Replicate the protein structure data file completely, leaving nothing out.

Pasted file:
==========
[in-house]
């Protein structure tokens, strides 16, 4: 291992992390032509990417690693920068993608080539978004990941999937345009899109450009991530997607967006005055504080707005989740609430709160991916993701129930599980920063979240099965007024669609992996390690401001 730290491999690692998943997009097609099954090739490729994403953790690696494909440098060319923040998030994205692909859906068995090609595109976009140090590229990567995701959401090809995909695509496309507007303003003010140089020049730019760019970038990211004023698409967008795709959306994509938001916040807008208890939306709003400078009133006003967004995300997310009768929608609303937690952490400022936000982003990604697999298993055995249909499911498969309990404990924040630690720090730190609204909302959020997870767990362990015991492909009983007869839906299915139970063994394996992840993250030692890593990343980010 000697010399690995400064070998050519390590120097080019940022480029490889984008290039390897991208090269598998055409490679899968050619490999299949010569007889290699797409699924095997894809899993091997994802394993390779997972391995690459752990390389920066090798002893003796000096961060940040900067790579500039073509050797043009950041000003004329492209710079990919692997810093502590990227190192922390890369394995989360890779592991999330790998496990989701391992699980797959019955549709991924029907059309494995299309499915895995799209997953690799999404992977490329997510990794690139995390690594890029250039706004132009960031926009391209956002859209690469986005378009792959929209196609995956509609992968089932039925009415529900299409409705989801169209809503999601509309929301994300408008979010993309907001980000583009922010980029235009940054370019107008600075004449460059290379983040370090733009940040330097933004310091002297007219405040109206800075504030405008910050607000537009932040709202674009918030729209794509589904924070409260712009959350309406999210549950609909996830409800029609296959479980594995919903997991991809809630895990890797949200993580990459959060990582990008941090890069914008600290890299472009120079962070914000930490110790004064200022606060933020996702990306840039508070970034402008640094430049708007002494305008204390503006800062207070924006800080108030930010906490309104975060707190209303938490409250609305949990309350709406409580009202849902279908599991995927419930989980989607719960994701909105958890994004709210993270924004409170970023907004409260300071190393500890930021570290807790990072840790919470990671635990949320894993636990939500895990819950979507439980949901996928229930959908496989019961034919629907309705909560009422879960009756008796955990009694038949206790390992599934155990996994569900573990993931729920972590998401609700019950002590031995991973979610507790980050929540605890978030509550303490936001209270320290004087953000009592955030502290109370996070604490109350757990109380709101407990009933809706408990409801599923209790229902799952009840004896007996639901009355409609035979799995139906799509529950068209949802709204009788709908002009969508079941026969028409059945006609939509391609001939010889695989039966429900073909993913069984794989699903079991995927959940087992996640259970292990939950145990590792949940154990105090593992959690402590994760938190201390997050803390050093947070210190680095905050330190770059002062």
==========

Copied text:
[in-house]
């Protein structure tokens, strides 16, 4: 291992992390032509990417690693920068993608080539978004990941999937345009899109450009991530997607967006005055504080707005989740609430709160991916993701129930599980920063979240099965007024669609992996390690401001 730290491999690692998943997009097609099954090739490729994403953790690696494909440098060319923040998030994205692909859906068995090609595109976009140090590229990567995701959401090809995909695509496309507007303003003010140089020049730019760019970038990211004023698409967008795709959306994509938001916040807008208890939306709003400078009133006003967004995300997310009768929608609303937690952490400022936000982003990604697999298993055995249909499911498969309990404990924040630690720090730190609204909302959020997870767990362990015991492909009983007869839906299915139970063994394996992840993250030692890593990343980010 000697010399690995400064070998050519390590120097080019940022480029490889984008290039390897991208090269598998055409490679899968050619490999299949010569007889290699797409699924095997894809899993091997994802394993390779997972391995690459752990390389920066090798002893003796000096961060940040900067790579500039073509050797043009950041000003004329492209710079990919692997810093502590990227190192922390890369394995989360890779592991999330790998496990989701391992699980797959019955549709991924029907059309494995299309499915895995799209997953690799999404992977490329997510990794690139995390690594890029250039706004132009960031926009391209956002859209690469986005378009792959929209196609995956509609992968089932039925009415529900299409409705989801169209809503999601509309929301994300408008979010993309907001980000583009922010980029235009940054370019107008600075004449460059290379983040370090733009940040330097933004310091002297007219405040109206800075504030405008910050607000537009932040709202674009918030729209794509589904924070409260712009959350309406999210549950609909996830409800029609296959479980594995919903997991991809809630895990890797949200993580990459959060990582990008941090890069914008600290890299472009120079962070914000930490110790004064200022606060933020996702990306840039508070970034402008640094430049708007002494305008204390503006800062207070924006800080108030930010906490309104975060707190209303938490409250609305949990309350709406409580009202849902279908599991995927419930989980989607719960994701909105958890994004709210993270924004409170970023907004409260300071190393500890930021570290807790990072840790919470990671635990949320894993636990939500895990819950979507439980949901996928229930959908496989019961034919629907309705909560009422879960009756008796955990009694038949206790390992599934155990996994569900573990993931729920972590998401609700019950002590031995991973979610507790980050929540605890978030509550303490936001209270320290004087953000009592955030502290109370996070604490109350757990109380709101407990009933809706408990409801599923209790229902799952009840004896007996639901009355409609035979799995139906799509529950068209949802709204009788709908002009969508079941026969028409059945006609939509391609001939010889695989039966429900073909993913069984794989699903079991995927959940087992996640259970292990939950145990590792949940154990105090593992959690402590994760938190201390997050803390050093947070210190680095905050330190770059002062």